I quit my job to be home with my kids. I loved my job but the type of law I practiced required my full focus and long hours, and I am not good at juggling home and work responsibilities. So now I am home, things are less hectic, my kids are getting the time and focus they deserve, and…I often miss my career. To be clear, I would not change any decision I have made about my career or my kids. But my question for you is, do these feelings of career longing go away eventually? As you devote greater amounts of time to educating your own kids at home, do you ever feel that you are leaving something behind, or do you just assure yourself that you are doing the right thing and get on with it?

I’m in a job now that’s 70% mind-numbingly boring/frustrating and 30% great; I’ve been here for almost 5 years. Almost a year ago, I had a daughter and have been able to stay at home with her on Fridays (for a pay cut). I couldn’t be happier with my home life situation, but my job is really wearing on me. I’m now being recruited for a few opportunities, both inside and outside of my company, most of which would be more interesting and with more pay, but none would allow for this 80% work schedule. So my home life would surely suffer. I guess the question is how do I advance in my career while also being happy at home? Is this even possible?

I am a 34 year old woman with a bachelor’s degree in anthropology. Said bachelor’s degree has landed me several low-level clerical positions. I don’t think I’ll ever rise above these low-level clerical positions and have no desire to spend $50,000 on a Master’s degree. My dad is an electrician, and for the last two years I’ve begged and pleaded with my mom and dad to let me join the small electrician business my dad owns. Neither one of them will allow it, but I think that

1. I’m probably going to get fired sometime for my bad attitude because I’m stuck in low-level clerical positions.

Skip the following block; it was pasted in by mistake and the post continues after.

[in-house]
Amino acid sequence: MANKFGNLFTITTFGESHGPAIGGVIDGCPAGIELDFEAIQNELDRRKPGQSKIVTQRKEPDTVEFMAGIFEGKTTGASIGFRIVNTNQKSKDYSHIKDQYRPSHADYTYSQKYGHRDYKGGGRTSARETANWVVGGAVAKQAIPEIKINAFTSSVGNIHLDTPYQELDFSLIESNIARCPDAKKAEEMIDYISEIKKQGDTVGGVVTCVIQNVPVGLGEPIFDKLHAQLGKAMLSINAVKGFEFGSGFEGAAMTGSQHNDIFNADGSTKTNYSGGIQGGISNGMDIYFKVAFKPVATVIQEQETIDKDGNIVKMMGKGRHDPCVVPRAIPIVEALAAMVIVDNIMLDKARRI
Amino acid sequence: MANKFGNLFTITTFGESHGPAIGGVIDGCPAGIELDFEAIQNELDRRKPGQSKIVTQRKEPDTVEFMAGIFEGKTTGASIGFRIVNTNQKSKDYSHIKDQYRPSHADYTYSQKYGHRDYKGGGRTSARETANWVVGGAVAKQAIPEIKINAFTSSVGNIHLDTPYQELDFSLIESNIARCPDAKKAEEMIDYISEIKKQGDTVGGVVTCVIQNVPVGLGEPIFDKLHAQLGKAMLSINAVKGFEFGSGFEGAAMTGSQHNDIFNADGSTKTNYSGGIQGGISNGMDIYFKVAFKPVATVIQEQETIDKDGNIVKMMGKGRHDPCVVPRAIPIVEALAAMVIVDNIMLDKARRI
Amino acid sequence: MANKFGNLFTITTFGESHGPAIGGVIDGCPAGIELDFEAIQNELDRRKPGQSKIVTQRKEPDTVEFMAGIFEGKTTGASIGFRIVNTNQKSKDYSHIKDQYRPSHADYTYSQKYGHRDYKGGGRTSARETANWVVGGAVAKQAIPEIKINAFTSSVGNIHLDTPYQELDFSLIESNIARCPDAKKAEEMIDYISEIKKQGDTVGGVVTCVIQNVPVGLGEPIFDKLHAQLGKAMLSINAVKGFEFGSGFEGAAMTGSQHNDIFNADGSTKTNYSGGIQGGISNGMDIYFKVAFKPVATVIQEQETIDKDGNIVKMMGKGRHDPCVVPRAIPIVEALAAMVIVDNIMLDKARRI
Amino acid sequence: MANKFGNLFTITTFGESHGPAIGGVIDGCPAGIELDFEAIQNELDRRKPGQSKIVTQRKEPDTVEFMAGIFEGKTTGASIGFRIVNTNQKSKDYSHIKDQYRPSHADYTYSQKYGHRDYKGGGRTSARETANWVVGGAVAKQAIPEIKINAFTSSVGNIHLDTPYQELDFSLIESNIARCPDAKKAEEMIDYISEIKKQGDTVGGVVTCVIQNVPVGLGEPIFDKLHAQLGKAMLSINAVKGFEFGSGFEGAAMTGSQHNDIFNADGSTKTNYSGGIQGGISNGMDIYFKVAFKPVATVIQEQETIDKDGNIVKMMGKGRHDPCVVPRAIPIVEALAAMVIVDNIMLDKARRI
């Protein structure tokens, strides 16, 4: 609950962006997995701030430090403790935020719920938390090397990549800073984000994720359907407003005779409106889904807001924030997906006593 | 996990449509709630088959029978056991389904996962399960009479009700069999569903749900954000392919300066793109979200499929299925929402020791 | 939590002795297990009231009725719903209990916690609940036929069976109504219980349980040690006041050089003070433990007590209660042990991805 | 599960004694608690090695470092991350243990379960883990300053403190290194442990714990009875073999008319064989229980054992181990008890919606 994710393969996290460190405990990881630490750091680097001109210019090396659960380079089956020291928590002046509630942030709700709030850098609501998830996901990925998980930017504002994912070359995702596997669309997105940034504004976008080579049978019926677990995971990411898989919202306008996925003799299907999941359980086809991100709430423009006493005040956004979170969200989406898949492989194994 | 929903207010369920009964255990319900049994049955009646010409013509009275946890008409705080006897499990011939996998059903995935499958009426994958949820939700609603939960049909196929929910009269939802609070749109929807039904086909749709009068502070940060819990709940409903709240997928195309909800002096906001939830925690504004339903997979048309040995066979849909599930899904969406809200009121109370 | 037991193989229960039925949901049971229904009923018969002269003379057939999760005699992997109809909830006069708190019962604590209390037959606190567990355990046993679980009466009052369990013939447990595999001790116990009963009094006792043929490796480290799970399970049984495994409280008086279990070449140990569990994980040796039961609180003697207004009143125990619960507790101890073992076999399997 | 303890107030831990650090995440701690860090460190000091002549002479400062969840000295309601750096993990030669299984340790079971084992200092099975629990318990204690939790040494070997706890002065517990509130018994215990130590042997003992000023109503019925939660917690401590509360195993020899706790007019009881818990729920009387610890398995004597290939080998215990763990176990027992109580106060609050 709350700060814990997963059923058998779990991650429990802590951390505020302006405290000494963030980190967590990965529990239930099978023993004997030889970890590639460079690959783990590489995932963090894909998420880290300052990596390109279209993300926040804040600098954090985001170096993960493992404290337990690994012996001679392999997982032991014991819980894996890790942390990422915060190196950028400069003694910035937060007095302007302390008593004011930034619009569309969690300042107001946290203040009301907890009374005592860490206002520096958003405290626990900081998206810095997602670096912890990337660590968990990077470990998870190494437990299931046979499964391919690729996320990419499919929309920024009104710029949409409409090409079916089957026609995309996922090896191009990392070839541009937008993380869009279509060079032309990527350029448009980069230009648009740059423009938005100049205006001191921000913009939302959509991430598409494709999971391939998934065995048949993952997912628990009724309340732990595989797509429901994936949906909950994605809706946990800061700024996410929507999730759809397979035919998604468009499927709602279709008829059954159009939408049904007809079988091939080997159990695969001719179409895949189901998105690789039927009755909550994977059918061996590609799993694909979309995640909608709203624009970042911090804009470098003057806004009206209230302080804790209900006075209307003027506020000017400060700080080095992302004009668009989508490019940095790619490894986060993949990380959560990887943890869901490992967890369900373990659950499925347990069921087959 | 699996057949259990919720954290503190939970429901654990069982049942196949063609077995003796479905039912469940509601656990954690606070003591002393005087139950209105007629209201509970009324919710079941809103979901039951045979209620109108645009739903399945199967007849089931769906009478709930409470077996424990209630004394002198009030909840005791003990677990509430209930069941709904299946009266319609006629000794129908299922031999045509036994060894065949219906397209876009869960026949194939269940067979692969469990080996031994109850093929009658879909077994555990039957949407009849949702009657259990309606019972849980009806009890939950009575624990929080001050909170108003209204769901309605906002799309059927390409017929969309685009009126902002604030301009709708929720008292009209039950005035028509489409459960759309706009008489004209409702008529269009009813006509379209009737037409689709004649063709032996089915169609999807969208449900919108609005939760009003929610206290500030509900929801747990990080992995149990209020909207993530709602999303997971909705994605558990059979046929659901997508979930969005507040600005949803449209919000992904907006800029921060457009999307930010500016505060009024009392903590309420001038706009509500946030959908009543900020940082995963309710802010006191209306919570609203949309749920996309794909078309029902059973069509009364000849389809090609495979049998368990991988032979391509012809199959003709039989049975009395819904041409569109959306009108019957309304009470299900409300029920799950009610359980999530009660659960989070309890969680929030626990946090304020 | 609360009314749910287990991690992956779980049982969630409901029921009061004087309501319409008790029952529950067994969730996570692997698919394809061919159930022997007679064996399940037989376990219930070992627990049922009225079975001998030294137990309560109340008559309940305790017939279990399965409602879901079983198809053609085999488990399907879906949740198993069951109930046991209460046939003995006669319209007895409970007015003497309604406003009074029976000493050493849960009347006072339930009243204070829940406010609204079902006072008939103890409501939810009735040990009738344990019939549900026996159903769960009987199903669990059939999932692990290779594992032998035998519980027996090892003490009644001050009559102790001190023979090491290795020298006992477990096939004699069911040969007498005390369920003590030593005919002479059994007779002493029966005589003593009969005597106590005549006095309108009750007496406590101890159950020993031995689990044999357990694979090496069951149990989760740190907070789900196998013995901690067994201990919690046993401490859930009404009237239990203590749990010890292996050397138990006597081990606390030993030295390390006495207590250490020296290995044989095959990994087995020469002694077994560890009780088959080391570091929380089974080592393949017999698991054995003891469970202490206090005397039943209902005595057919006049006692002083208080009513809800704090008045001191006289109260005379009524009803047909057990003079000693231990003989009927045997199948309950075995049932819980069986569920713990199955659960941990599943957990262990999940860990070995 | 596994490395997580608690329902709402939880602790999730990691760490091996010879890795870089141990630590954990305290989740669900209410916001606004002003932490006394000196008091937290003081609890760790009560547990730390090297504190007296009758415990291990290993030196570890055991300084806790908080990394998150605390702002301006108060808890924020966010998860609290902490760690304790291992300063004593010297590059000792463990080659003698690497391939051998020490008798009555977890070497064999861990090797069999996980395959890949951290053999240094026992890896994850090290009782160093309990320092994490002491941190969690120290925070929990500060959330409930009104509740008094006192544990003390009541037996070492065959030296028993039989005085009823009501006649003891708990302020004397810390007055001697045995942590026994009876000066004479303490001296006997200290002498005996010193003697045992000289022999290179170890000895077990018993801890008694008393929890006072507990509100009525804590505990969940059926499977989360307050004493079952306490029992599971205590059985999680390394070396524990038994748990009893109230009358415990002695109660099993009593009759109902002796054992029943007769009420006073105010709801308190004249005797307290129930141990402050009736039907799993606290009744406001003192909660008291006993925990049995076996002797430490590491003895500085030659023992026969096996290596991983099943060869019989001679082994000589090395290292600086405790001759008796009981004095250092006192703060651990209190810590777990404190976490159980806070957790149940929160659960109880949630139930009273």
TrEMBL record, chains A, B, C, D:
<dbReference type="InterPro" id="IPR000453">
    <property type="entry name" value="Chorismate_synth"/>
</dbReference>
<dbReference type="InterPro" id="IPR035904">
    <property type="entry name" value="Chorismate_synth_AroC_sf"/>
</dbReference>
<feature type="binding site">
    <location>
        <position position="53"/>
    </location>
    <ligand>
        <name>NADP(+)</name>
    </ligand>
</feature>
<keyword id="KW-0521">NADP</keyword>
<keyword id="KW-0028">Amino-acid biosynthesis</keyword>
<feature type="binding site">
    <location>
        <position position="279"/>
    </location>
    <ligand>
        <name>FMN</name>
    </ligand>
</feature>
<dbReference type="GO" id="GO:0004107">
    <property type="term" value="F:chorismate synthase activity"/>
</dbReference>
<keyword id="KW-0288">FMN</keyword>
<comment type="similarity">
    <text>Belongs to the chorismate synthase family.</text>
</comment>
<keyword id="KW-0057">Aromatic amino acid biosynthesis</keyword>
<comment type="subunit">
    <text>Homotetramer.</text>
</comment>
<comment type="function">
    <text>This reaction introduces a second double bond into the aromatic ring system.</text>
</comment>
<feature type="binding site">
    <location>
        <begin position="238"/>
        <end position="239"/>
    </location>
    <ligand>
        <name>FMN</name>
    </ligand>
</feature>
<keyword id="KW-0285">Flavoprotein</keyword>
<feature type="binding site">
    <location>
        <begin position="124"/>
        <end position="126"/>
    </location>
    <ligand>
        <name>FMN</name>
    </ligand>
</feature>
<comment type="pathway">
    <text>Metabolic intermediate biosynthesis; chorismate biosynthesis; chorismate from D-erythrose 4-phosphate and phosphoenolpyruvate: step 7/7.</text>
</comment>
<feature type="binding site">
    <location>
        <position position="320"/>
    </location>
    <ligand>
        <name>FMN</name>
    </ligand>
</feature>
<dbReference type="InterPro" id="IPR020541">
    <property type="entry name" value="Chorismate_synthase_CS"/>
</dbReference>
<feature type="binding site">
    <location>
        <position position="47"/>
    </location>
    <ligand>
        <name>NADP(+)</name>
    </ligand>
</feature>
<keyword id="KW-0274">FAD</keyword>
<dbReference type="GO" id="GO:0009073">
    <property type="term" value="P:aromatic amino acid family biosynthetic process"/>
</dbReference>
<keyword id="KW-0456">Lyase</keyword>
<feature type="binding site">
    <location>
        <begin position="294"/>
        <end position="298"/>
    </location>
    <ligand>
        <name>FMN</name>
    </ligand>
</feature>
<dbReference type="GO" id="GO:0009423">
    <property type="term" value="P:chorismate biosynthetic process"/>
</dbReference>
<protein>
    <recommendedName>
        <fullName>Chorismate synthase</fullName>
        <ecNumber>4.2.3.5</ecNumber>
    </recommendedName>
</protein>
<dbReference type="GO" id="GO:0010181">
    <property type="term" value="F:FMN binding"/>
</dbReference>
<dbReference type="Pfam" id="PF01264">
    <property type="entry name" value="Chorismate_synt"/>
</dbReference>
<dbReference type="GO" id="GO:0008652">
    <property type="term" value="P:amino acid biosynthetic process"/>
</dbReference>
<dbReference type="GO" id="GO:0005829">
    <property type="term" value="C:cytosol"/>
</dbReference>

2. I’d really like to be an electrician and 3. I should have studied a trade instead of liberal arts – I do LOVE anthropology but learning a skilled trade seems like it would have been the wiser investment at this point.

Should I be an electrician? I thought maybe if you said yes I could tell them that you said yes and maybe they’d finally listen to me.

Is it ok to email the manager of a department about a job opening in his department? I got his name by doing some research, but I don’t know him at all.

I have a great job. It pays well, I work with a great team, I have been given many great opportunities, and I am learning a lot and developing my skills. I am currently working on a very high-profile project that, over the next 2 years will provide me with valuable experience and exposure.

The problem is that I’m bored out of my skull. I’m an underutilized resource. While the work is good, the pace is excruciatingly slow, and I could do so much more. Yes, I have asked for more work, but considering I am fully funded and am promised to our client as full time, I am not permitted to take on other work as well.

The question is, do I stick it out for a couple years to gain the experience and make me more valuable to my next employer, or do I jump ship now because the day to day is less than ideal?

I am getting a job offer imminently. How I can negotiate salary when I’ve already given them a minimum? (I know, I know I’m not supposed to do that, but the job ad asked for it with my initial application!) I did some research, and I think the minimum salary I gave them was too low. I suggested 10% more than I was making at my old job, and seemed amazing until I found out more about the position. The title sounds lower level than my old job, but at this company, which is global and much larger than my old company, the position has a lot of responsibility, need for insight, and 10-hour days are not uncommon there. All that makes me think I should have gone higher. What can I do now? Is it too late?